A prime example of style over substance or a game-changing electoral event? Helen Brown looks at the arguments for and against the televised political debate.
Never one to step away from a potential war of words, it’s hardly surprising that arch political scrapper Alex Salmond is pushing and pushing hard for a live TV debate with UK Prime Minister David Cameron on the Scottish independence issue. So far, Mr Cameron has turned down a direct confrontation with the First Minister but is already on course to take part in a series of televised debates with Labour and the Lib Dems (and potentially Ukip) in the run-up to the 2015 General Election, along the lines of the pioneering events of 2010.
But how much influence do these televised talking-shops actually have? Do they really showcase the reality of cut-and-thrust political discourse or do they just provide memorable moments and soundbites without having much real effect on how people think and vote?
The on-screen debate in Britain may be a relative newcomer to the political armoury but it has very quickly established itself as an interesting part of any bid for power. It’s hard to believe that it took more than 50 years to reach agreement on the staging of such clashes here in the UK and that, even after the impact of 2010’s three-man, three-event marathon (pictured) with Brown, Cameron and Clegg, shown on ITV, Sky and the BBC, many pundits (and unimpressed members of the public) were expressing doubt that they would ever catch on.
It’s reckoned today that around 80 countries internationally host election debates of this kind including, interestingly, Mongolia, Afghanistan and Iraq. In the USA, of course, they have played a regular role in political manoeuvring since 1960 when the first-ever such presentation took place between Republican Vice-President Richard Nixon and rising star of the Democrats, John F Kennedy. Even without the benefit of hindsight it still gets thousands of Youtube hits it was always going to be a telling juxtaposition between old guard and new blood, but at the time, it was seen as ground-breaking. It was the first time millions of Americans had seen their potential choices up that close and that personal, with the charisma of the personable JFK winning out over the nervy, literally sweaty Nixon.
It was claimed that radio listeners plumped for Nixon while television watchers went for JFK but, in reality, the success of the Kennedy campaign that year was one of only a couple of occasions where the popularity “bounce” produced by a live and highly visually-orientated debate affected the outcome of an election. The other was in 2000, when Al Gore’s world-weary delivery was reckoned to have turned off enough voters to hand what remained a very doubtful victory to George W Bush. And in 2004, John Kerry was considered to have won all three of his debates with Bush and still lost.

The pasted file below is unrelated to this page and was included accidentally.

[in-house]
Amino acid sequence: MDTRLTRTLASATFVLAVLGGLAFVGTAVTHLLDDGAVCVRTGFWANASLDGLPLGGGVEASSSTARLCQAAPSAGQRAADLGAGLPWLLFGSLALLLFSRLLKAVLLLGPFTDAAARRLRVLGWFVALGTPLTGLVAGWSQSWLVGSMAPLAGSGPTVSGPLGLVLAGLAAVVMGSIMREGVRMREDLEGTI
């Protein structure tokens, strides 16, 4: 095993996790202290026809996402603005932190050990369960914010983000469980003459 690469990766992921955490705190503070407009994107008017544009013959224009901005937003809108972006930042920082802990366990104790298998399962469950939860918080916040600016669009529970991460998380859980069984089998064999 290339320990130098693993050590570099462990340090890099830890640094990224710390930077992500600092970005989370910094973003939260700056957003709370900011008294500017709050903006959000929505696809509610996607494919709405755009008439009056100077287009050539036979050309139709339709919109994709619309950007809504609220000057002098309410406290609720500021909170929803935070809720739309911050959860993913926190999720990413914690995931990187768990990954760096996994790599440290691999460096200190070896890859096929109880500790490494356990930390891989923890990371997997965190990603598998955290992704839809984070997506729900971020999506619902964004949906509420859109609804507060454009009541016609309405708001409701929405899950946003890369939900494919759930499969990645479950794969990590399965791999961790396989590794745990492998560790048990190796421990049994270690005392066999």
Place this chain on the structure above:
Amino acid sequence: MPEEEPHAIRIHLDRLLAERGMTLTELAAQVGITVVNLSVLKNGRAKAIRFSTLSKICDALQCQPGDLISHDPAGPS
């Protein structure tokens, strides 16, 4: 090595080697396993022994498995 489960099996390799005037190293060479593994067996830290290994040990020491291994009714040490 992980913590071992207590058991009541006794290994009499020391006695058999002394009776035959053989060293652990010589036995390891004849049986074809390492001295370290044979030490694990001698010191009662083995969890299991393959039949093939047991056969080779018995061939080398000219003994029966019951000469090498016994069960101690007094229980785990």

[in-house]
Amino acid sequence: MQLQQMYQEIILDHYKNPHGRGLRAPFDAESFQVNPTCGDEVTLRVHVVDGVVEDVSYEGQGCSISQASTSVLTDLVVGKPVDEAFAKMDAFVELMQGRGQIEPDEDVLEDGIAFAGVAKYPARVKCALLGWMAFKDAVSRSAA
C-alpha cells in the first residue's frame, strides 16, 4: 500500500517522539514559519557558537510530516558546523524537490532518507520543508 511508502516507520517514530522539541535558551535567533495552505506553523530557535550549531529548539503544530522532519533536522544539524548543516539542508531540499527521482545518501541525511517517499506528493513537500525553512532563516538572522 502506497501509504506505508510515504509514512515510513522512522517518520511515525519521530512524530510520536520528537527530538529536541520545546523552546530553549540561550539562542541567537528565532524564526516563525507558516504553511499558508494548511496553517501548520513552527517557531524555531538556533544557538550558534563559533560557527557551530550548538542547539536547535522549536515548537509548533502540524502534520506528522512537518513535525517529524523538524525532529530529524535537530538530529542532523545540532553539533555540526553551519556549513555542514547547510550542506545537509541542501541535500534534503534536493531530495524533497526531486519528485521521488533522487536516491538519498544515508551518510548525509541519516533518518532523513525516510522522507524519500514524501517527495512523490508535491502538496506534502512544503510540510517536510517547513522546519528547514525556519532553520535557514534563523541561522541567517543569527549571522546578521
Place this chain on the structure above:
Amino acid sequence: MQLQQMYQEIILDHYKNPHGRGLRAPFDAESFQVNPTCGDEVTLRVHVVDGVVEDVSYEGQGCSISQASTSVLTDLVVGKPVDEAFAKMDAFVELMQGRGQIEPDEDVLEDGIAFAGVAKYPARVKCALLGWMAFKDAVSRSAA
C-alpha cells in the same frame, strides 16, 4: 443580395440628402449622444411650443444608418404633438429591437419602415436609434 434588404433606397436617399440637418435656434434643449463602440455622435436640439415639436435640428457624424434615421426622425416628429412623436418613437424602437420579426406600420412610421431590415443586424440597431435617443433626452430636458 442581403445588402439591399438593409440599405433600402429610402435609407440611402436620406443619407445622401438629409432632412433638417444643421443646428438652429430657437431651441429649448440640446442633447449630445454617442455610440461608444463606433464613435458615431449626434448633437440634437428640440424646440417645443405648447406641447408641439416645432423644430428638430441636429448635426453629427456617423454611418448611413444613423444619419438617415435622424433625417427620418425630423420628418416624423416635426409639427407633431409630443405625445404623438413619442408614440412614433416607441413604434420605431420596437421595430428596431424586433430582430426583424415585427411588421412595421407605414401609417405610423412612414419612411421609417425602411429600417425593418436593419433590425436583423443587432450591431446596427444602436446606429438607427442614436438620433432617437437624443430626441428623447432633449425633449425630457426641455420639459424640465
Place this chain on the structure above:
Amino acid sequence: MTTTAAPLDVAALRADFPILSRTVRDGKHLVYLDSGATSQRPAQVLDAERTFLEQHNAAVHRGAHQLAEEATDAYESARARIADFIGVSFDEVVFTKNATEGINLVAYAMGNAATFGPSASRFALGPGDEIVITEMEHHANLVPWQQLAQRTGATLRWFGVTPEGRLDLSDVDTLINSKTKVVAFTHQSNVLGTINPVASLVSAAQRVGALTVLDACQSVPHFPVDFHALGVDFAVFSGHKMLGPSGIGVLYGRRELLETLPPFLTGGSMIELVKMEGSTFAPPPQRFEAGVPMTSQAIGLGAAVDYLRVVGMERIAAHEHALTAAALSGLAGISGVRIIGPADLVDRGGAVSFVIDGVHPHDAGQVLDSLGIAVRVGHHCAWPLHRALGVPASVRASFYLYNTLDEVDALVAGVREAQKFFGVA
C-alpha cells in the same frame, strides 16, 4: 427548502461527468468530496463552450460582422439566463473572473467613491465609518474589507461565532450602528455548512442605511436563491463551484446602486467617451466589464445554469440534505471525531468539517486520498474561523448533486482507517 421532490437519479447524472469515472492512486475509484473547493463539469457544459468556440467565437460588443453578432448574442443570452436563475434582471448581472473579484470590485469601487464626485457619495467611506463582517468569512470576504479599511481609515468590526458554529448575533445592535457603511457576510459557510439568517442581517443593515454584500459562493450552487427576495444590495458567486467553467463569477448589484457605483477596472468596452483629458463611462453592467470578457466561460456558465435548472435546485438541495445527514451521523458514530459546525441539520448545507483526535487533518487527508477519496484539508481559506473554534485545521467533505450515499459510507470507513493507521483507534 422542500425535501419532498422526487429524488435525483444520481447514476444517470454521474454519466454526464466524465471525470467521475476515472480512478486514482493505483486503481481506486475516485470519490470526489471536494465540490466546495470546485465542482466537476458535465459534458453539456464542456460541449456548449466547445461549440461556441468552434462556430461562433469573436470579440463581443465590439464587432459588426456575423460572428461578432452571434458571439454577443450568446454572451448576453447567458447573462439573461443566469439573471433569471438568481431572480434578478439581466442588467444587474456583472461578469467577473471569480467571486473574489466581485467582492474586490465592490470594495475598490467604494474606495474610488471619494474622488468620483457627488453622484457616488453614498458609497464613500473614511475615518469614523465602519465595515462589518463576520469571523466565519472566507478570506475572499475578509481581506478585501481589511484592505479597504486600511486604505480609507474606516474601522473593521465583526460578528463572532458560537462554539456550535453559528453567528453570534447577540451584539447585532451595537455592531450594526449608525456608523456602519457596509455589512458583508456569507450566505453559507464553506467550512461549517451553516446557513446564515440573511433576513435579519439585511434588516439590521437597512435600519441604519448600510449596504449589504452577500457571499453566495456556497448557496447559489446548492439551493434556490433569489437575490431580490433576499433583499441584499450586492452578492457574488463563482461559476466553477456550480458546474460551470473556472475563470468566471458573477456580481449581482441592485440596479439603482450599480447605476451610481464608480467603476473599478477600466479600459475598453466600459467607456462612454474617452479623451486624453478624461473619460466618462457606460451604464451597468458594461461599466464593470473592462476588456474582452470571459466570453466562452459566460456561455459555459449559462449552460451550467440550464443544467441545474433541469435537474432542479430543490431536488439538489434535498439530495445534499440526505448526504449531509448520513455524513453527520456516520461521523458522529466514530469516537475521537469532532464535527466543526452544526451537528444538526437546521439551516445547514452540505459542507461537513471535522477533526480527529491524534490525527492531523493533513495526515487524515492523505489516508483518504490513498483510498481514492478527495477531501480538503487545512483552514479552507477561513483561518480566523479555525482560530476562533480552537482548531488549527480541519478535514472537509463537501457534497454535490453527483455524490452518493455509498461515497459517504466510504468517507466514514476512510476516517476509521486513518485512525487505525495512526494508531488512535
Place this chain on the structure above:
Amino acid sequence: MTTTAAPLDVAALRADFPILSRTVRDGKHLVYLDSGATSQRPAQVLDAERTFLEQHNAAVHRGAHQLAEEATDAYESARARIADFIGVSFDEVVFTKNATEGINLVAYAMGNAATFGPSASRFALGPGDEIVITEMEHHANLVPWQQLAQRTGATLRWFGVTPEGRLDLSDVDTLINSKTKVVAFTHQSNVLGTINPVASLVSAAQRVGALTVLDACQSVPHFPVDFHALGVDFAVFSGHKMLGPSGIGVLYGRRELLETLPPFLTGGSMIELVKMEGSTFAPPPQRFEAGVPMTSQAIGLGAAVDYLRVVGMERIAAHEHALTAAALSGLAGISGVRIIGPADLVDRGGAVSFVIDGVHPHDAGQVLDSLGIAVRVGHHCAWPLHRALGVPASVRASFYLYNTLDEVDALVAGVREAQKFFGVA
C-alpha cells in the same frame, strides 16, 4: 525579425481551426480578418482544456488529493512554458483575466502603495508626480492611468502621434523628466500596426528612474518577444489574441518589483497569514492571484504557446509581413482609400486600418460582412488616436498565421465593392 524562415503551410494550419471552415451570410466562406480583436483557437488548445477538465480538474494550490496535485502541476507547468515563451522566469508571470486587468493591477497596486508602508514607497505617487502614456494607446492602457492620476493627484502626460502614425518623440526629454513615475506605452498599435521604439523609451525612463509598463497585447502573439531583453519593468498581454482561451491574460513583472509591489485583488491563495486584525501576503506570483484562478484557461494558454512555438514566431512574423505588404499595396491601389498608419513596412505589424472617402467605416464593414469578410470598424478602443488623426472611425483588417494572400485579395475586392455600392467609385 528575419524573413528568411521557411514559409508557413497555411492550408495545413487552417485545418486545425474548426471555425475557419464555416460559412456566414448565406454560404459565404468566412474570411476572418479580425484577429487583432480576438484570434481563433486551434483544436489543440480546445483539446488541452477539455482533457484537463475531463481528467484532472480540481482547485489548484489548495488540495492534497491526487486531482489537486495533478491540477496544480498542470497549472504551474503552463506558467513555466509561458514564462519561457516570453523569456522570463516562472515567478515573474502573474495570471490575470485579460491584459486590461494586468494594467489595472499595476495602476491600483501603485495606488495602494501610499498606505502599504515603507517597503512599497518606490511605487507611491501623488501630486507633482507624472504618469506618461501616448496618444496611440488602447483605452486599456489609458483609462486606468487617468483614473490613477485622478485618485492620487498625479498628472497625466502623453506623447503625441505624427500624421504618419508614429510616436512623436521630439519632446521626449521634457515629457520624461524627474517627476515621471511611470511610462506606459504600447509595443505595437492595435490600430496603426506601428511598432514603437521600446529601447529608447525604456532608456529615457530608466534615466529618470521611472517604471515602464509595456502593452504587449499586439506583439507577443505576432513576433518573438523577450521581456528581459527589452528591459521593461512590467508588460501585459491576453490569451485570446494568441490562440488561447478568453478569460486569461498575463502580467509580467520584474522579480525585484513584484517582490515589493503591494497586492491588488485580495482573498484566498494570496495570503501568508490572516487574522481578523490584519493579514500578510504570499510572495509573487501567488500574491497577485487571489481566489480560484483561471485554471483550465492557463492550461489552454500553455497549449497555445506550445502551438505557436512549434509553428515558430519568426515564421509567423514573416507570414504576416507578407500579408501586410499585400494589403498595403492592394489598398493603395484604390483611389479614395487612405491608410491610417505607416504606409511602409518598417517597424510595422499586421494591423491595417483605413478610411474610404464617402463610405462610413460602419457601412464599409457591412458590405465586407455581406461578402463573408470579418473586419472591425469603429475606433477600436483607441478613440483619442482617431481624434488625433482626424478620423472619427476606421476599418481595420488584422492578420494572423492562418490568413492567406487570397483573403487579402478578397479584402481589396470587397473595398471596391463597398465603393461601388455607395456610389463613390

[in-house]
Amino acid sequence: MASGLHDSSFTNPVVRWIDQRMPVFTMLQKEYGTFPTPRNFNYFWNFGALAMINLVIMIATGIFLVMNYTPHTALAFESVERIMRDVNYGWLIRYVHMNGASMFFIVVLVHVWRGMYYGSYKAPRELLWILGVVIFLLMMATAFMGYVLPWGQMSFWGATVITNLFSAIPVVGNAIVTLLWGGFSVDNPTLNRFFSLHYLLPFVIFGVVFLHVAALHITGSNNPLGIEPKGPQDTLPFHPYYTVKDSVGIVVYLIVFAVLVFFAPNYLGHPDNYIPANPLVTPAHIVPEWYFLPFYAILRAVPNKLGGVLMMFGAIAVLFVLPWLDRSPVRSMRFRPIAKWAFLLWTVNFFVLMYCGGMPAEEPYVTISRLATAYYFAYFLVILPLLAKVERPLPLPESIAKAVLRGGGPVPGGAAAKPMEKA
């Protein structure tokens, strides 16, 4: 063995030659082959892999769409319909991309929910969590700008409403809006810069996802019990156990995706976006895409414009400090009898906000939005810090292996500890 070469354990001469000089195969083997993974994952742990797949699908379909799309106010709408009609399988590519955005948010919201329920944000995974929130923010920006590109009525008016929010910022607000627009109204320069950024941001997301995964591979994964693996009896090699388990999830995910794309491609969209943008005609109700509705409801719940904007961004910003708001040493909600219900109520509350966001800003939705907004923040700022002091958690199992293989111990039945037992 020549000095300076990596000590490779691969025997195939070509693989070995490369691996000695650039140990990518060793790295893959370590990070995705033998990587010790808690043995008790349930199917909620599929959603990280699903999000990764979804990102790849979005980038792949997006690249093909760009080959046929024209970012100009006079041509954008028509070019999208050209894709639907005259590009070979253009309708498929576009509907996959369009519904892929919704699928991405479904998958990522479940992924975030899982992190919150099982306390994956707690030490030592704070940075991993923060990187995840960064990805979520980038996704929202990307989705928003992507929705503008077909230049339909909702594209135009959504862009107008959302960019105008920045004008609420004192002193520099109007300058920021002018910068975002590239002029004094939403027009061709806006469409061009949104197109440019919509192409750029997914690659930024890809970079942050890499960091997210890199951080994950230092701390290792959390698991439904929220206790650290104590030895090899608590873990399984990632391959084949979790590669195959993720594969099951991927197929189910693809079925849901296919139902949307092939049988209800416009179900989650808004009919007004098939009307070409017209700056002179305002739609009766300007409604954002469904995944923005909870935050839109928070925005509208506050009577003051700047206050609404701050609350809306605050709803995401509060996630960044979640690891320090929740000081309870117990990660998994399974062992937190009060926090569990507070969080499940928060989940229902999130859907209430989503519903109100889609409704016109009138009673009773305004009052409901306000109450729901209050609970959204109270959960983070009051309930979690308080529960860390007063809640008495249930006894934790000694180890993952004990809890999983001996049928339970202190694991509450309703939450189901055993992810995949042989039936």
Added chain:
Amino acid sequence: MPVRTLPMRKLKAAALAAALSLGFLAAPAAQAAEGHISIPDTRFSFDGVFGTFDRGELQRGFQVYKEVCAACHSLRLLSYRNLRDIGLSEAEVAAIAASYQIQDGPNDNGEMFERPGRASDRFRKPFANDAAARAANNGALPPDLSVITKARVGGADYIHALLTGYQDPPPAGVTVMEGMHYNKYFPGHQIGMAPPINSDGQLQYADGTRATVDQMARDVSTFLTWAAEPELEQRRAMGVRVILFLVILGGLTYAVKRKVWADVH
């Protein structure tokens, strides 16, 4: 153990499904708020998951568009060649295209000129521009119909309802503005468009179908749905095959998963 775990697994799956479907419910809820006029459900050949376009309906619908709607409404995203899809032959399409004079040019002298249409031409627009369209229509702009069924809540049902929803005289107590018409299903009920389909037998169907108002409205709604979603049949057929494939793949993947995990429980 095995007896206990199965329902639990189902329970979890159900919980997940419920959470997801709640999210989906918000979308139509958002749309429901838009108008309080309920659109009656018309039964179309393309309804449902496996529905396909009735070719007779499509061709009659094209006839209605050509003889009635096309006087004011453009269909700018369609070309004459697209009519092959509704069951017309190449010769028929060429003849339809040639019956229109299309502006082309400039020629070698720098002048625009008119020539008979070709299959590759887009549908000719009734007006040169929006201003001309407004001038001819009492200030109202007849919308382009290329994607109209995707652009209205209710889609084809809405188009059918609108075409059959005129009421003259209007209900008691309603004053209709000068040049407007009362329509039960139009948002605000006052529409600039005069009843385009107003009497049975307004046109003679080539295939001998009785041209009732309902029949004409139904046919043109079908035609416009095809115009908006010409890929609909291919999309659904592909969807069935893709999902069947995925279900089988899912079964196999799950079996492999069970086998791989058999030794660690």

In fact, there were no further US debates for 16 years after the Nixon/Kennedy battle. The historic “first” for British politics dominated the 2010 campaign, with viewing figures reaching almost 10 million but did it actually change anything then and will it next time round? Nick Clegg got the advantage of the popularity bump and was at the centre of the memorable “I agree with Nick” comments from Messrs Brown and Cameron. But did it affect the eventual outcome of the election, long predicted to be the hung parliament that it eventually delivered? And did it win hearts and change minds in any lasting way? Probably not.
It is a political truth generally acknowledged that those keenest to have such debates are those with most to gain. Tony Blair’s bluster about debating with John Major “any place, any time” soon subsided because he and his party were so far ahead in the polls.
In Scotland at present, it could certainly be argued that the SNP have a big hill to climb and that Alex Salmond’s undoubted skills as an orator and debater could be very impressive on live TV. And with the political landscape changing, perhaps First Minister Salmond sees a public clash with David Cameron, rather than with Better Together leader Alistair Darling, as a factor in establishing Scotland’s political credentials, maturity and ability to speak for itself on a national and international stage?
But it’s always wise to be careful what you wish for. As far back as 1964, then Conservative Prime Minister Alec Douglas-Home crushed Harold Wilson’s challenge to a debate by saying: “I’m not particularly attracted by confrontations of personality. If we aren’t careful, we’ll get a sort of Top of the Pops contest.”
Especially in these days of artificially constructed TV talent shows, some might see that kind of contest as the ultimate manifestation of celebrity values (or lack of them) permeating public life, with politicians judged on whether they have the X Factor rather than the experience and gravitas to get the job done.
The aforementioned Harold Wilson once sagely remarked that a week is a long time in politics. For a politican with an axe to grind or a point to make, a 90-minute public debate might be more like drawing the short straw.